Ticket business concluded, I headed up to Rowleys to meet my friend who had my ticket for today’s match. Now dear reader that was a bit of a faff to find! The woman on the door to the hotel entrance pointed me inside and said I’d have to buzz the intercom. That I duly did and the doors to the hotel were released. Ok, so where do I go now? Remember I’ve not been here for upwards of five years – and get lost in big buildings at the best of times. I took a gamble and called the lift. I stepped into the lift, fully expecting to find some sort of directions inside. Nope – nothing but blank walls. Ok well I know it’s quite high up so I’ll press the top floor. Wait. Wait. Wait. Ping! Peer out. Penthouse. Nope. Definitely don’t want that! Press floor 2. Wait. Ping! Peer out. Rowleys. Yes! Step out, meet friend, pick up ticket, have some players pointed out to me that I don’t recognise in the slightest, see they have food, realise I haven’t eaten yet, make a hasty exit in search of sustenance.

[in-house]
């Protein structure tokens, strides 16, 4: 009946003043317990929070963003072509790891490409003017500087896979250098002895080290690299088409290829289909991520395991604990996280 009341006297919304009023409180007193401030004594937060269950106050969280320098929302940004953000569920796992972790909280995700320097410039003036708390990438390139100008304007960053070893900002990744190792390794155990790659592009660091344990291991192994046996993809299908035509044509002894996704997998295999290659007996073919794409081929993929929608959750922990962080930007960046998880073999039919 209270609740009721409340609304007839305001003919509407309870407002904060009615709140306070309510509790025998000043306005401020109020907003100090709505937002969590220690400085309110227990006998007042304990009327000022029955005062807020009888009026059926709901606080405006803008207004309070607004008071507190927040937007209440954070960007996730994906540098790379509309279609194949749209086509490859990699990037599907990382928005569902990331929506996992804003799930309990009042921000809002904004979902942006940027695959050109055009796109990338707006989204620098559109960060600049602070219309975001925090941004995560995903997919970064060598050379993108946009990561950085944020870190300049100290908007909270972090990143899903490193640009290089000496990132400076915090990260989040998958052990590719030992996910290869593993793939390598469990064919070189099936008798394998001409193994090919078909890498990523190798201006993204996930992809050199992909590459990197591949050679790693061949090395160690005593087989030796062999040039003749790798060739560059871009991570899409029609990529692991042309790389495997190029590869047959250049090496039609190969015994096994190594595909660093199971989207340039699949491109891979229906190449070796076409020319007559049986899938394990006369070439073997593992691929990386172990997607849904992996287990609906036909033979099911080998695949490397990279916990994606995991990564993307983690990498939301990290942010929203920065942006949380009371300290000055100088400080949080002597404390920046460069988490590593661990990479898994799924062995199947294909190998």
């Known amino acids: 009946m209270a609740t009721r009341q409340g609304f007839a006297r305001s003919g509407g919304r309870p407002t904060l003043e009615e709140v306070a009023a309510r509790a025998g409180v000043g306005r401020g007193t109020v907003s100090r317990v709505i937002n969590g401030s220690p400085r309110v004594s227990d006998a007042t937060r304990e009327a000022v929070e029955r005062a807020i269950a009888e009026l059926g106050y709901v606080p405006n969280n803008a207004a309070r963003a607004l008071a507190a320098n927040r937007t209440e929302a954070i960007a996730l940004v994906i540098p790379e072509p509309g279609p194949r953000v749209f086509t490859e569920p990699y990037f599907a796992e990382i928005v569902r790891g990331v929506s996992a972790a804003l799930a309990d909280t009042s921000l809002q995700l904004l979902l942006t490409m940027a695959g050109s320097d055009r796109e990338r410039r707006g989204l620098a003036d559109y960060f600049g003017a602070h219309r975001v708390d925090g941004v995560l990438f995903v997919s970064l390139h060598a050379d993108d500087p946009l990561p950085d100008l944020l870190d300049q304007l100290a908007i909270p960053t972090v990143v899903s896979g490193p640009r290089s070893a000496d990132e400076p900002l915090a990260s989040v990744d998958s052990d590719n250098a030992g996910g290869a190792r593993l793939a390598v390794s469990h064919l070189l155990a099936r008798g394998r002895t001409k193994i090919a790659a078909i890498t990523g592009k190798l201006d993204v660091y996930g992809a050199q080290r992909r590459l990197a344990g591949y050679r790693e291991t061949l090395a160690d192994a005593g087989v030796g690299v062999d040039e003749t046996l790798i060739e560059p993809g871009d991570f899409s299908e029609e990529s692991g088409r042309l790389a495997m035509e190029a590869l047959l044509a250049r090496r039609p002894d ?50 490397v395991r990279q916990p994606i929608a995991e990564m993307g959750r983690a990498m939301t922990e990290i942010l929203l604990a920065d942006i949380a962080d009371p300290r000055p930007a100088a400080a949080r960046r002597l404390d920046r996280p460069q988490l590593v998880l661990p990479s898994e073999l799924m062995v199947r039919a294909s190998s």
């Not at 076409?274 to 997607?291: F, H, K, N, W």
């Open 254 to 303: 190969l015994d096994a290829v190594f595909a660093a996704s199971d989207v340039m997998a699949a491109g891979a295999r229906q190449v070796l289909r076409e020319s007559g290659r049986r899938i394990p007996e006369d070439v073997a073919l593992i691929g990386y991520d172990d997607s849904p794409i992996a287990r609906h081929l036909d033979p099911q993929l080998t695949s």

Of course the destination was the new Pub of Choice – The Waterloo. I wasn’t sure if it served food, but I knew it served beer, so it was a suitable destination. As the pub appeared in sight, I saw signs for food on the side, so headed straight on in.

‘Ooh a pint of Setantii please. Are you serving food?’

‘No. But there’s a burger van outside – he’ll be here about half 12 – he’s very popular and serves currywurst and all sorts.’

‘Aye that’ll do nicely – thank you.’

I took a seat with my friends who were sitting in the window, overlooking the bowling green. It really was just like we’d never been away, as we laughed and caught up and talked about the football for a bit but mainly took the piss out of each other, because that’s what we do. It’s a sign of love, for sure. We’ve missed each other very much.